Jolteon (Analysis)

Snorlaxe

2 kawaii 4 u
is a Contributor Alumnus
#1


Jolteon

status: written, gp me plz

cute, fast, and powerful...what more could you want???

----------------

[Overview]

<p>Thanks to its amazing Speed and high Special Attack, Jolteon can function as a great special attacker. While Jolteon's poor defenses and shallow movepool let it down sometimes, it compensates for these drawbacks with its powerful STAB Thunderbolt and immunity to Electric-type attacks. With its high Speed stat and Volt Change, Jolteon can also be an excellent scout, and cancsignificantly boost your team's offensive momentum. The good news stops here, however. Many common Pokemon, such as Venusaur, Garchomp, and Excadrill, are resistant or immune to Electric-type moves, so Jolteon must be cautious when using Thunderbolt. Additionally, Jolteon's frailness makes it an easy target for priority attacks and Choice Scarf users. Despite these drawbacks, if you play to Jolteon's strengths, you will discover a strong and fast special attacker that can clean up weakened teams in the blink of an eye.</p>

[SET]
name: Choice Specs
move 1: Thunderbolt
move 2: Shadow Ball
move 3: Volt Change
move 4: Hidden Power Ice / Hidden Power Grass
item: Choice Specs
nature: Timid
evs: 252 SpA / 4 SpD / 252 Spe

[SET COMMENTS]

<p>Jolteon is a natural candidate for a Choice Specs set due to its incredibly high Speed and fantastic Special Attack stat. Though Jolteon cannot switch in on any moderately powerful attacks (with the exception of Electric-type moves) for fear of being KOed, it can easily come in after a kill and proceed to damage the opposing team with its powerful STAB Thunderbolt.</p>

<p>Thunderbolt is Jolteon's main STAB move, denting any Pokemon that doesn't resist it and easily cleaning up weakened teams. Shadow Ball is for super effectively hitting Ghost- and Psychic-type foes, such as Chandelure, Victini, and Reuniclus. Volt Change works similarly to the infamous Choice Band Scizor's U-turn, as it allows Jolteon to keep the opponent under constant pressure; however, the move will fail if a Ground-type switches in on it. The final slot is dedicated to your choice of Hidden Power; Hidden Power Ice lets Jolteon OHKO common Dragon-types like Salamence, and also OHKOes Gliscor, while Hidden Power Grass allows it to promptly eliminate Swampert, Gastrodon, and Quagsire, who otherwise wall Jolteon with ease. Ultimately, the Hidden Power type that you choose comes down to which Pokemon your team is capable of taking on.</p>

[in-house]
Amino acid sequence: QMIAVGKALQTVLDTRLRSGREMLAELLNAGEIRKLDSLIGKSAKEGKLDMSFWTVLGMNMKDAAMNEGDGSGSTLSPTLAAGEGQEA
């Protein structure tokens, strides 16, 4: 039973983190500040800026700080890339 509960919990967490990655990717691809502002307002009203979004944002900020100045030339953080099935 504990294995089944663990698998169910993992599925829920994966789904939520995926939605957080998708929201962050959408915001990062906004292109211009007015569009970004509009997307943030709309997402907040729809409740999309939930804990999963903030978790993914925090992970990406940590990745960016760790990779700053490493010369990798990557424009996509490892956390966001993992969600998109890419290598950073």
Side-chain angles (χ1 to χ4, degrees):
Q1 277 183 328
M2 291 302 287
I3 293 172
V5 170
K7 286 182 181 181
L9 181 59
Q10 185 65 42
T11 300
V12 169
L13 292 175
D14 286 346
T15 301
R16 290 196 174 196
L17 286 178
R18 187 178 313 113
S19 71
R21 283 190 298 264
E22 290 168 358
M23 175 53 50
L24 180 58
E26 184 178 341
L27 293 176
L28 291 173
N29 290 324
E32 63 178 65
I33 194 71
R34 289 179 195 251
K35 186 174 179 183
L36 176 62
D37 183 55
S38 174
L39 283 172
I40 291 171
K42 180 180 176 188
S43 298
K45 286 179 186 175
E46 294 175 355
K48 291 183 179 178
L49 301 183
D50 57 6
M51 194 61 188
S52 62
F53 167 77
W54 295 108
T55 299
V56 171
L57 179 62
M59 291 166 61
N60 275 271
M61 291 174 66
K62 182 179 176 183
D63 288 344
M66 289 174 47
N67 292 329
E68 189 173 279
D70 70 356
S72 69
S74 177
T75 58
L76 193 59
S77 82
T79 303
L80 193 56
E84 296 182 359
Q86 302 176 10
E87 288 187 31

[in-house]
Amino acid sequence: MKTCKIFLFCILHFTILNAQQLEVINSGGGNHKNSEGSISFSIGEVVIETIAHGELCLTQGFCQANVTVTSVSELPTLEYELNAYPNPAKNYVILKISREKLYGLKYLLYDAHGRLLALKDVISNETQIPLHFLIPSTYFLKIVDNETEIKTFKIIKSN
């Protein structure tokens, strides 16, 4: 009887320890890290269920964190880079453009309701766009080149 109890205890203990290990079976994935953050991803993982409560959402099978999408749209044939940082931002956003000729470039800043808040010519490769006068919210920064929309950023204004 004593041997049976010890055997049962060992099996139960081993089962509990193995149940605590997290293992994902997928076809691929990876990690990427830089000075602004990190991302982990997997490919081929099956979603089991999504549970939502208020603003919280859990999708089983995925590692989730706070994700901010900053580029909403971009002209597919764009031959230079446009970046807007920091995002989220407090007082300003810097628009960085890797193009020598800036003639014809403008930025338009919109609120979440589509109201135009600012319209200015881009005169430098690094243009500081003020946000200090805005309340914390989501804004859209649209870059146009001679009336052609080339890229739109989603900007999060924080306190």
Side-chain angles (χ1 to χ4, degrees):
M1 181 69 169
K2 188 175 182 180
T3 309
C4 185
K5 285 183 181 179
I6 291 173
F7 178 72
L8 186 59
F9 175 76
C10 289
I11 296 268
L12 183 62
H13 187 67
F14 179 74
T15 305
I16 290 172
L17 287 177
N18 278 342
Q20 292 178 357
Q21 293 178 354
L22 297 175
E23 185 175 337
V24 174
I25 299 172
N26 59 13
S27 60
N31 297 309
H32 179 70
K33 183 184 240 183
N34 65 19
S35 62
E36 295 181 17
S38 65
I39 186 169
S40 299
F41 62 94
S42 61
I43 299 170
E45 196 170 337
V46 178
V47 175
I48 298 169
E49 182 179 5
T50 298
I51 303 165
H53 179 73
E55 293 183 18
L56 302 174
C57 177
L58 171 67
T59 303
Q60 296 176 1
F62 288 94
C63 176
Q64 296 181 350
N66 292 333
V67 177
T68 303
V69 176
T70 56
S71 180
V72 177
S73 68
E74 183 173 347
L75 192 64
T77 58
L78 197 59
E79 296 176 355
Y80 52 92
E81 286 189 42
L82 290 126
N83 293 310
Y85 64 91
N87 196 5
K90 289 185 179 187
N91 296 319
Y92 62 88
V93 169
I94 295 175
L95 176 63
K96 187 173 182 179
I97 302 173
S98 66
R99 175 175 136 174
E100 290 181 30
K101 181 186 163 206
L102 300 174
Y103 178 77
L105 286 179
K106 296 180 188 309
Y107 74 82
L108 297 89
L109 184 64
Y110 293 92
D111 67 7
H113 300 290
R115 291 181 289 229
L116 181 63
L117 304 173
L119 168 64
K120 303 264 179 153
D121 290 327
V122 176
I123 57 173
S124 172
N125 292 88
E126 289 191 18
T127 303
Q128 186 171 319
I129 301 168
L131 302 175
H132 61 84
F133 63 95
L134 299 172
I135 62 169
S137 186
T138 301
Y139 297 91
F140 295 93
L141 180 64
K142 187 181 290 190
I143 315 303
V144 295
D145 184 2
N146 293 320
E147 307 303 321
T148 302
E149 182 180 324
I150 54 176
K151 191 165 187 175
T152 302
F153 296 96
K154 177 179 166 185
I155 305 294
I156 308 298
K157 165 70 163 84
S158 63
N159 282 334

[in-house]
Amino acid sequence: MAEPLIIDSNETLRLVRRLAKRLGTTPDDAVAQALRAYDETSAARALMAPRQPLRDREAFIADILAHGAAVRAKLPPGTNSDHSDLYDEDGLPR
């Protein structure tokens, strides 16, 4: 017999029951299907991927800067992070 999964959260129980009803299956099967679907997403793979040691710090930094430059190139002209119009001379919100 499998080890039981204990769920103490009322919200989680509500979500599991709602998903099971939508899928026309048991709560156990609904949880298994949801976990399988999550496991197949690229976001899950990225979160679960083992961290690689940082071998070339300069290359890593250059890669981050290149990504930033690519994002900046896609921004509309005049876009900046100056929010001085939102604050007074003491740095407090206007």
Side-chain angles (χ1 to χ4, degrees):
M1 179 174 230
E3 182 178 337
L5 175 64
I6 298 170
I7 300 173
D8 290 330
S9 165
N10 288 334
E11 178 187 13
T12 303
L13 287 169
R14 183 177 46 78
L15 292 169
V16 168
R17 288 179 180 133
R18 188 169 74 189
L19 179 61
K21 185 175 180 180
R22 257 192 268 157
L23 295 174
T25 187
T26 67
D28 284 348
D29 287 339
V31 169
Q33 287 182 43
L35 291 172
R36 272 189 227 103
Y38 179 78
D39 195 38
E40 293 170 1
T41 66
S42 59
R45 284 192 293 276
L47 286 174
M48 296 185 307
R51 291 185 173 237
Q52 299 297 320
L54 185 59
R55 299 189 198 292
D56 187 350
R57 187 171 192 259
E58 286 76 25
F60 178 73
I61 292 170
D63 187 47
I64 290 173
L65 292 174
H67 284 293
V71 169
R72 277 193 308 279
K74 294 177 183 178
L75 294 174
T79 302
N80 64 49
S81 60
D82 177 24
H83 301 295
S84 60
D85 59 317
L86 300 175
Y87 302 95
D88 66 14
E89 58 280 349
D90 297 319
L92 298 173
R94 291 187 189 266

[ADDITIONAL COMMENTS]

<p>Baton Pass can be used in place of Volt Change so that Jolteon can safely scout Ground-type counters, such as Excadrill and Hippowdon, but Volt Change is better in almost every other scenario, making it the more solid choice. Signal Beam can be used over Shadow Ball in order to hit Tyranitar and Celebi switch-ins harder, but has no use outside of that. Hidden Power Fighting can be used in the final moveslot so that Jolteon can super effectively hit Tyranitar, Ferrothorn, and Excadrill switch-ins, but the Hidden Power types listed above are generally more useful options. As far as the EV spread goes, it's quite simple: 252 Special Attack EVs are used for maximum power, while 252 Speed EVs and a Timid nature allow Jolteon to outspeed practically any Pokemon that isn't holding a Choice Scarf.</p>

<p>As far as teammates go, it's a good idea to pack Pokemon that can beat bulky Ground-types, as any Ground-type can switch in on one of Jolteon's STAB moves with the utmost ease, forcing it out. Good examples of such teammates include Jellicent, Starmie, and Shaymin, who can pound Ground-types with their STAB Water- and Grass-type moves. Additionally, it's a good idea to pair Jolteon with a Water-type, as they draw Electric-type moves that Jolteon can switch in on for free. Vaporeon is a great teammate in this regard, as she can also pass gargantuan Wishes to extend Jolteon's lifespan. Gyarados is a wonderful partner as well, since Electric attacks are one of the few ways to OHKO it. Stealth Rock support is highly beneficial to this set as it allows Jolteon to secure several key OHKOs and 2HKOs. Any fast Choice Scarf user who can switch in on Jolteon safely will be able to dispose of him, so it would be smart to use teammates that can take on common Choice Scarf users, especially Garchomp.</p>

[SET]
name: Boosting Sweeper
move 1: Charge Beam / Work Up